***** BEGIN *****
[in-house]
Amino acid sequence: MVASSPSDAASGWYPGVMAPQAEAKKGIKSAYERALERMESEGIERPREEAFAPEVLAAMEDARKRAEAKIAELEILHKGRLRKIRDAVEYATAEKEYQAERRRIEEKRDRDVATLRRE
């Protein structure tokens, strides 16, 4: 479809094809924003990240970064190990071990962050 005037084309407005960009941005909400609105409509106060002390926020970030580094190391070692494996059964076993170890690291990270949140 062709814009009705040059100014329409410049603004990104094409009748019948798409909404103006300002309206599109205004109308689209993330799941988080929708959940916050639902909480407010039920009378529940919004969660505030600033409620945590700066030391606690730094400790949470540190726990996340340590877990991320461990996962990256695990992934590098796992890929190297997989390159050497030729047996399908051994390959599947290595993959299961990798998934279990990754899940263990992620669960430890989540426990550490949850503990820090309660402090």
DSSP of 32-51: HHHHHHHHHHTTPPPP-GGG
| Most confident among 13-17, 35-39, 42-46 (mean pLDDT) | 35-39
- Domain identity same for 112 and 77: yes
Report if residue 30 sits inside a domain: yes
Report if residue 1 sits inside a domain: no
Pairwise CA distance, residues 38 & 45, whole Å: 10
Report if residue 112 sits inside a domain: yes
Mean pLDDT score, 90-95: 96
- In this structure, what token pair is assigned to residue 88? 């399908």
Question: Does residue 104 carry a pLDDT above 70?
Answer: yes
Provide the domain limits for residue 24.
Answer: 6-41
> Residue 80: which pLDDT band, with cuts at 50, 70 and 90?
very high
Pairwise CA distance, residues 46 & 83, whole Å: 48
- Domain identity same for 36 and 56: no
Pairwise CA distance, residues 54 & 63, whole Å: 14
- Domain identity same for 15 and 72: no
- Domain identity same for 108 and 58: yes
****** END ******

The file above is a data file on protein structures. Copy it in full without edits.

[in-house]
Amino acid sequence: MVASSPSDAASGWYPGVMAPQAEAKKGIKSAYERALERMESEGIERPREEAFAPEVLAAMEDARKRAEAKIAELEILHKGRLRKIRDAVEYATAEKEYQAERRRIEEKRDRDVATLRRE
């Protein structure tokens, strides 16, 4: 479809094809924003990240970064190990071990962050 005037084309407005960009941005909400609105409509106060002390926020970030580094190391070692494996059964076993170890690291990270949140 062709814009009705040059100014329409410049603004990104094409009748019948798409909404103006300002309206599109205004109308689209993330799941988080929708959940916050639902909480407010039920009378529940919004969660505030600033409620945590700066030391606690730094400790949470540190726990996340340590877990991320461990996962990256695990992934590098796992890929190297997989390159050497030729047996399908051994390959599947290595993959299961990798998934279990990754899940263990992620669960430890989540426990550490949850503990820090309660402090």
DSSP of 32-51: HHHHHHHHHHTTPPPP-GGG
| Most confident among 13-17, 35-39, 42-46 (mean pLDDT) | 35-39
- Domain identity same for 112 and 77: yes
Report if residue 30 sits inside a domain: yes
Report if residue 1 sits inside a domain: no
Pairwise CA distance, residues 38 & 45, whole Å: 10
Report if residue 112 sits inside a domain: yes
Mean pLDDT score, 90-95: 96
- In this structure, what token pair is assigned to residue 88? 């399908």
Question: Does residue 104 carry a pLDDT above 70?
Answer: yes
Provide the domain limits for residue 24.
Answer: 6-41
> Residue 80: which pLDDT band, with cuts at 50, 70 and 90?
very high
Pairwise CA distance, residues 46 & 83, whole Å: 48
- Domain identity same for 36 and 56: no
Pairwise CA distance, residues 54 & 63, whole Å: 14
- Domain identity same for 15 and 72: no
- Domain identity same for 108 and 58: yes